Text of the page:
When parasitic plants such as dodder attack plants like the sugar beet shown here, there is a vast exchange of genetic information between the plants, a Virginia Tech researcher has discovered.
Credit: Virginia Tech College of Agriculture and Life Sciences
His findings were published on Aug. 15 in the journal Science.
“The discovery of this novel form of inter-organism communication shows that this is happening a lot more than any one has previously realized,” said Westwood, who is an affiliated researcher with the Fralin Life Science Institute. “Now that we have found that they are sharing all this information, the next question is, ‘What exactly are they telling each other?’.”
Professor Jim Westwood has discovered that parasitic plants and their hosts have extensive communications with each other and exchange vast amounts of information. He used dodder and tomato plants, shown in this time-lapse video, for his experiment that measured the exchange of mRNA between species.
Parasitic Plant Time lapse - Virginia Tech from virginiatech on Vimeo.
Westwood examined the relationship between a parasitic plant, dodder, and two host plants, Arabidopsis and tomatoes. In order to suck the moisture and nutrients out the host plants, dodder uses an appendage called a haustorium to penetrate the plant. Westwood previously broke new ground when he found that during this parasitic interaction, there is a transport of RNA between the two species. RNA translates information passed down from DNA, which is an organism’s blueprint.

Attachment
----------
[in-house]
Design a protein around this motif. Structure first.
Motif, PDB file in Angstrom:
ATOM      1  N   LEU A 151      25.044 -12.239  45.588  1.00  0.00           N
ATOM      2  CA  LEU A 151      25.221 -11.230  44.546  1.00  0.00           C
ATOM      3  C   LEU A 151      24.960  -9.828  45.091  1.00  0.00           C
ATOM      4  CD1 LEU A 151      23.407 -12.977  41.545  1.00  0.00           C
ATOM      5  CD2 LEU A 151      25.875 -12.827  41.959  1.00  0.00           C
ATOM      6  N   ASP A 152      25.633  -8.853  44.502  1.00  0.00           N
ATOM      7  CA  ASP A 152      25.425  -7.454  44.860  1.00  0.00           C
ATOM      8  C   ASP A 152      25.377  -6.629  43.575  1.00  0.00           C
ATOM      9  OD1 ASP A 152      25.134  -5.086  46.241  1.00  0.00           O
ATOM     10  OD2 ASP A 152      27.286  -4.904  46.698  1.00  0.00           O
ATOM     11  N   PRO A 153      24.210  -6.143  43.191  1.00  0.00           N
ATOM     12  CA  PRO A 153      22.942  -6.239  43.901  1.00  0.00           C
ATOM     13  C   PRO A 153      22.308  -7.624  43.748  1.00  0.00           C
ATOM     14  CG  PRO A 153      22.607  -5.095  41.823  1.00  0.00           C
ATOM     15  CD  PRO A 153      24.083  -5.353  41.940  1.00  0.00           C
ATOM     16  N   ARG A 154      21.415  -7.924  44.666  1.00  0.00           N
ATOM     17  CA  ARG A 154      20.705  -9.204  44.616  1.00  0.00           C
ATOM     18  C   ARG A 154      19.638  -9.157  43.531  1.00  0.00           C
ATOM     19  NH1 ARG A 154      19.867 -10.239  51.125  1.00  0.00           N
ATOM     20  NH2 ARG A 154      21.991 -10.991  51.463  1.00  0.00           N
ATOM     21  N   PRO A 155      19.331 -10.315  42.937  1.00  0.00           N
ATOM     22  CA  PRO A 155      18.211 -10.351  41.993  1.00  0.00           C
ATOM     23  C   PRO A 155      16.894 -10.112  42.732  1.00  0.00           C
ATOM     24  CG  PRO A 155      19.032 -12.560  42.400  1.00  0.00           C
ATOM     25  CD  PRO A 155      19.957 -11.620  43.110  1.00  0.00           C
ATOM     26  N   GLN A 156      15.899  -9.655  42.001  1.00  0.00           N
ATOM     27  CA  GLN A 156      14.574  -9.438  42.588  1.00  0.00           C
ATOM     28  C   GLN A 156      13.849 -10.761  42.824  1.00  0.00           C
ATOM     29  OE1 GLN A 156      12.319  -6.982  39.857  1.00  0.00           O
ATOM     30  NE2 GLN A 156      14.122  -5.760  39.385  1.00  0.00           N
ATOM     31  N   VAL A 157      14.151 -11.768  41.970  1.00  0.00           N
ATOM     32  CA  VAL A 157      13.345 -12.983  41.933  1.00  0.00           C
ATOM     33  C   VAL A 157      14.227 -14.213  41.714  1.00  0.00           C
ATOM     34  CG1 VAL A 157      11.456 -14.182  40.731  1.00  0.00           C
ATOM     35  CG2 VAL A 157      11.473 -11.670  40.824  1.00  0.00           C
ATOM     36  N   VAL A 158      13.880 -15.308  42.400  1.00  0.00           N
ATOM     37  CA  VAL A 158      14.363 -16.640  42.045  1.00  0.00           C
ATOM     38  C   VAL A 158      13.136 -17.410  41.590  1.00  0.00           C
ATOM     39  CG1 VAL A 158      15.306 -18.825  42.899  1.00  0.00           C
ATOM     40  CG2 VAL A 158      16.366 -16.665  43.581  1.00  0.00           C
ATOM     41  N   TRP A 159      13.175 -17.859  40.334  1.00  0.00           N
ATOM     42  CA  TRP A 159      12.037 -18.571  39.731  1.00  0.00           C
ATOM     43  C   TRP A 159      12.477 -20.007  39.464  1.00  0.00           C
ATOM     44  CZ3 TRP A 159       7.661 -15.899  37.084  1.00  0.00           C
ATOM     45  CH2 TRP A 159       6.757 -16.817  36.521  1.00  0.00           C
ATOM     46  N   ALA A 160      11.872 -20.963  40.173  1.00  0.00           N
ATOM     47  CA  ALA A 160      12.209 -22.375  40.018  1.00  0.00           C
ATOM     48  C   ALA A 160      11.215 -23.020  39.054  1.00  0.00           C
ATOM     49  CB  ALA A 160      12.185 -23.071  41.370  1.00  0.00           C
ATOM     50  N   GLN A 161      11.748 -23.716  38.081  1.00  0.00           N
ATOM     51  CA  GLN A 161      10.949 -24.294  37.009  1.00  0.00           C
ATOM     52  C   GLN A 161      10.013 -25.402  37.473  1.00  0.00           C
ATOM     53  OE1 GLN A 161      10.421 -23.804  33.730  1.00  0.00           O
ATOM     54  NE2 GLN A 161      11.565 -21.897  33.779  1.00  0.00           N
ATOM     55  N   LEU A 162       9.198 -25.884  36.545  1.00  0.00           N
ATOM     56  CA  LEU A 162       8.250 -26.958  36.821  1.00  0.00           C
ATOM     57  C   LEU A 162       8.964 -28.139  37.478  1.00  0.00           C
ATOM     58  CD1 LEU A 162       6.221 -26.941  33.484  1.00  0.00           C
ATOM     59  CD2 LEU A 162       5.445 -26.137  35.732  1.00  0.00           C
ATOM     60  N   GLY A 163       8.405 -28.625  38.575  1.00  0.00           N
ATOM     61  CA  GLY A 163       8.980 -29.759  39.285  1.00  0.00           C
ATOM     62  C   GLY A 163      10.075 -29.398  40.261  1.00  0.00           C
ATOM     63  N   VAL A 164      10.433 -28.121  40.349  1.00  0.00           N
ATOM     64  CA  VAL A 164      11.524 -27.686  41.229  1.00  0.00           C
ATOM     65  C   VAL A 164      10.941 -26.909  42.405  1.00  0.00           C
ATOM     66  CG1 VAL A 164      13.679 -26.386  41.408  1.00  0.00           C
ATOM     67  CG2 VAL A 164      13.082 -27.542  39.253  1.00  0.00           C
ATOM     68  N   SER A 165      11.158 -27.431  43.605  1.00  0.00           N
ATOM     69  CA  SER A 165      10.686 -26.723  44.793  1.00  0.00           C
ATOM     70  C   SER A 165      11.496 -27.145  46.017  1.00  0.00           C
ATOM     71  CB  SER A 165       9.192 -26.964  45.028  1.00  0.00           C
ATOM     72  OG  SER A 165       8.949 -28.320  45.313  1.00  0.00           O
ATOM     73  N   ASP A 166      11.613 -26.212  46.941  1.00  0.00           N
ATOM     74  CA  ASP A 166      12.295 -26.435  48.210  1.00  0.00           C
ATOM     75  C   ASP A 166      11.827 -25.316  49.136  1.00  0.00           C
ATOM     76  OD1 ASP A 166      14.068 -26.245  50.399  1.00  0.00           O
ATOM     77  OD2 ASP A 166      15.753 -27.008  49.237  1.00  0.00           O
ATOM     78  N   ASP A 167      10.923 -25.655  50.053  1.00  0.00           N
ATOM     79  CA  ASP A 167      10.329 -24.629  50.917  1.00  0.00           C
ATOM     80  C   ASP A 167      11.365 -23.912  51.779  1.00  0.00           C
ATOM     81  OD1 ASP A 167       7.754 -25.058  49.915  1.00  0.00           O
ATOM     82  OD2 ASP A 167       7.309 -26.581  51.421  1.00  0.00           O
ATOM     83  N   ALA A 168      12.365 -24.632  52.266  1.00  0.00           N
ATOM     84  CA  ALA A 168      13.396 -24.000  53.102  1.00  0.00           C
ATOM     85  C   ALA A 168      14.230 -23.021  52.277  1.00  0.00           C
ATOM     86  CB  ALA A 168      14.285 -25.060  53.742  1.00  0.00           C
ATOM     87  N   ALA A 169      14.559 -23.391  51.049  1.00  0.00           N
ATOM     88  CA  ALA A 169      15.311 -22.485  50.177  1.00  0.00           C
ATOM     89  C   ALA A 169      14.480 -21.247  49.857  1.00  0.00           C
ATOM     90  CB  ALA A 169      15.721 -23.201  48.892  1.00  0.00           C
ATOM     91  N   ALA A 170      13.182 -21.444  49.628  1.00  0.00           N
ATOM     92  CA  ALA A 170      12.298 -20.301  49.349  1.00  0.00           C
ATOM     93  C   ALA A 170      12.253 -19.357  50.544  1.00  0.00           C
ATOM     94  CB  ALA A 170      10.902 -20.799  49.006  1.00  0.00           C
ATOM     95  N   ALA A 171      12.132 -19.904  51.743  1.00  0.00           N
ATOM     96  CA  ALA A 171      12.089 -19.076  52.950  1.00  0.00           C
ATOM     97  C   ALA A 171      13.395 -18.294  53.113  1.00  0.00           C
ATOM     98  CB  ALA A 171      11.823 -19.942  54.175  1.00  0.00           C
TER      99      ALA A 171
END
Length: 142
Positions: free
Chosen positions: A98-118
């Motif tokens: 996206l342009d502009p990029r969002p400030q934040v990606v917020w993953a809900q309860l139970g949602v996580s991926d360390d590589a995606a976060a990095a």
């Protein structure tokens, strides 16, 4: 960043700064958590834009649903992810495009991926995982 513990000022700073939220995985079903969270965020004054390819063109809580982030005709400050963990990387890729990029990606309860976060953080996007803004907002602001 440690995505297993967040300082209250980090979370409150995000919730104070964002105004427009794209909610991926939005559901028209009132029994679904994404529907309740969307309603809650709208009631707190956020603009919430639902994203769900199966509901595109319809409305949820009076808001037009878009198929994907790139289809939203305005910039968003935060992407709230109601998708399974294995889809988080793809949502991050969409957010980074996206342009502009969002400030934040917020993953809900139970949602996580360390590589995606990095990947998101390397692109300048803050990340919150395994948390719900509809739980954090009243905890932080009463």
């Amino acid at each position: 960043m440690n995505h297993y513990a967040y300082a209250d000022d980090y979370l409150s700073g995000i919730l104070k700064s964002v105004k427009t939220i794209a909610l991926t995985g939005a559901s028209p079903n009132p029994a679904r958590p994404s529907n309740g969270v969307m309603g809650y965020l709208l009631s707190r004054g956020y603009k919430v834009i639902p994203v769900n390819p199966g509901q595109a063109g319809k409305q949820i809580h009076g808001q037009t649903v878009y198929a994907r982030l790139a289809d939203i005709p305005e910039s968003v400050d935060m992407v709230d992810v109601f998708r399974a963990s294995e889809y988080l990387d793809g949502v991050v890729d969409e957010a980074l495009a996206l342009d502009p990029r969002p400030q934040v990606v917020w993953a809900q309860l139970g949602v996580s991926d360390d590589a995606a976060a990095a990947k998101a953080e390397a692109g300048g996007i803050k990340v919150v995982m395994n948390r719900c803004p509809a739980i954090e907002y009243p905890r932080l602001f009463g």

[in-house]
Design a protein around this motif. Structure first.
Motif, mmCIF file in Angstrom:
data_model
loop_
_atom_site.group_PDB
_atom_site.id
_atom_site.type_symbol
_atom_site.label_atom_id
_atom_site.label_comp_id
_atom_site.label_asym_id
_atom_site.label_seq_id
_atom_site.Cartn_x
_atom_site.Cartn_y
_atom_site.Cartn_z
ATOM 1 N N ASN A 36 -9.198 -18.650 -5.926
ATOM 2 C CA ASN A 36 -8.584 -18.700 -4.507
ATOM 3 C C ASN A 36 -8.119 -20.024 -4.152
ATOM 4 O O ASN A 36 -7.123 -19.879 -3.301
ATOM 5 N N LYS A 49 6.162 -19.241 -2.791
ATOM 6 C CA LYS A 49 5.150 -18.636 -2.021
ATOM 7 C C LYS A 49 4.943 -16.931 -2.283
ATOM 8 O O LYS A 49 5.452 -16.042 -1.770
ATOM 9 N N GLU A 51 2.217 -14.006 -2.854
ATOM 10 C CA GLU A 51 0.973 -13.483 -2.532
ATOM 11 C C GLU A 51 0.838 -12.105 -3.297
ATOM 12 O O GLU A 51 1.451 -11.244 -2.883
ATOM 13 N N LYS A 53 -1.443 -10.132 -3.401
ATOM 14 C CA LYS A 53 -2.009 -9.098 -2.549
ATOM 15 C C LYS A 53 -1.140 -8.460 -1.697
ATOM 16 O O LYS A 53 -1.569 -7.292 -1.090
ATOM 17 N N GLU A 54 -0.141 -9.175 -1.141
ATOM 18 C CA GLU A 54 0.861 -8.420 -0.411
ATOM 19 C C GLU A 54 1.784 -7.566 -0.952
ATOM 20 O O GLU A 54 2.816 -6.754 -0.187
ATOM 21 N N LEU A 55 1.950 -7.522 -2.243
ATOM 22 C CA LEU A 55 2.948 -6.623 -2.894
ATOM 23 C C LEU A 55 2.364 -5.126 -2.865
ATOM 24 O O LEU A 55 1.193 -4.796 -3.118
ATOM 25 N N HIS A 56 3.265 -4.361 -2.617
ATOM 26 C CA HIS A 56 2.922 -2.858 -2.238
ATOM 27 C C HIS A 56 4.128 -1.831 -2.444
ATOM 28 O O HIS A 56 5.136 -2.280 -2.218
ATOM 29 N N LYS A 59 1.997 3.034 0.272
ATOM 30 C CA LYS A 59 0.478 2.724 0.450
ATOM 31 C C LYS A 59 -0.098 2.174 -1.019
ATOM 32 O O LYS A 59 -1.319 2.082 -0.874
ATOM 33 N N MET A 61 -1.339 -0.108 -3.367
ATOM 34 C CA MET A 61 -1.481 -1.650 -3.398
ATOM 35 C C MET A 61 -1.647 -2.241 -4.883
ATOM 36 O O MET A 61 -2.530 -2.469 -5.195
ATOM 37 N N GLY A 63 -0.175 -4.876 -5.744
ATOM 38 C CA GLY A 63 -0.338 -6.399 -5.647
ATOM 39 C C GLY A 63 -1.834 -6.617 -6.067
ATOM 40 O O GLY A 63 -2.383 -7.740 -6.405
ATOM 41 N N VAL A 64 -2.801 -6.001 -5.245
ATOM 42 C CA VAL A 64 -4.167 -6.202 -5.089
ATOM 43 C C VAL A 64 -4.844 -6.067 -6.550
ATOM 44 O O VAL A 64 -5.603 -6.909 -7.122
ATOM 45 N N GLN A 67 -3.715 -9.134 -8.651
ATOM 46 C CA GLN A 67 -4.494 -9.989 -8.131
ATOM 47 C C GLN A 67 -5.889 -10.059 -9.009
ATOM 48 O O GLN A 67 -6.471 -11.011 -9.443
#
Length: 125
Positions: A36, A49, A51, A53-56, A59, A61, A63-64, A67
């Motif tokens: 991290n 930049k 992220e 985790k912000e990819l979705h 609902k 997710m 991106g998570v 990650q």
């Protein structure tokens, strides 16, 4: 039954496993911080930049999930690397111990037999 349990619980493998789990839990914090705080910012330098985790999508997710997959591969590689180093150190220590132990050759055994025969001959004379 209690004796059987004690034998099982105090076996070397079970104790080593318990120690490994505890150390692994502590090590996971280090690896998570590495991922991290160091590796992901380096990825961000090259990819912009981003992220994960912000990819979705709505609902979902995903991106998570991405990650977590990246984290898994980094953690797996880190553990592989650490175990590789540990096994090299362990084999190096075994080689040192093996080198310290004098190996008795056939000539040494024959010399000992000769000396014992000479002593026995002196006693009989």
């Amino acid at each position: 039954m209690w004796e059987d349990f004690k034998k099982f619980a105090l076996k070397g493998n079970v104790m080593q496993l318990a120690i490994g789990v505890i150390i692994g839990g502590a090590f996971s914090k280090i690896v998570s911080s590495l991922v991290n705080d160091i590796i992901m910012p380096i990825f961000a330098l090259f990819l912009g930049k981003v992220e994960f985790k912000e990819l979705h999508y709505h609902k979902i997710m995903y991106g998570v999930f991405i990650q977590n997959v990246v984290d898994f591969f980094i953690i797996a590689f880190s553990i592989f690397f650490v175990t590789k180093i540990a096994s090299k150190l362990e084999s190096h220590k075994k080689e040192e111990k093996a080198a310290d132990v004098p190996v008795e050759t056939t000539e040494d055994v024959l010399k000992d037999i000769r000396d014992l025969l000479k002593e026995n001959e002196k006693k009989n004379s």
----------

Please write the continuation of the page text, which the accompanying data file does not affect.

His new work expands this scope of this exchange and examines the mRNA, or messenger RNA, which sends messages within cells telling them which actions to take, such as which proteins to code. It was thought that mRNA was very fragile and short-lived, so transferring it between species was unimaginable.
But Westwood found that during this parasitic relationship, thousands upon thousands of mRNA molecules were being exchanged between both plants, creating this open dialogue between the species that allows them to freely communicate.
Through this exchange, the parasitic plants may be dictating what the host plant should do, such as lowering its defenses so that the parasitic plant can more easily attack it. Westwood’s next project is aimed at finding out exactly what the mRNA are saying. His work is sponsored by the National Science Foundation.
Using this newfound information, scientists can now examine if other organisms such a bacteria and fungi also exchange information in a similar fashion. His finding could also help solve issues of food scarcity.
“Parasitic plants such as witchweed and broomrape are serious problems for legumes and other crops that help feed some of the poorest regions in Africa and elsewhere,” said Julie Scholes, a professor at the University of Sheffield, U.K., who is familiar with Westwood’s work but was not part of this project. “In addition to shedding new light on host-parasite communication, Westwood’s findings have exciting implications for the design of novel control strategies based on disrupting the mRNA information that the parasite uses to reprogram the host."
Westwood said that while his finding is fascinating, how this is applied will be equally as interesting.
“The beauty of this discovery is that this mRNA could be the Achilles heel for parasites,” Westwood said. “This is all really exciting because there are so many potential implications surrounding this new information.”
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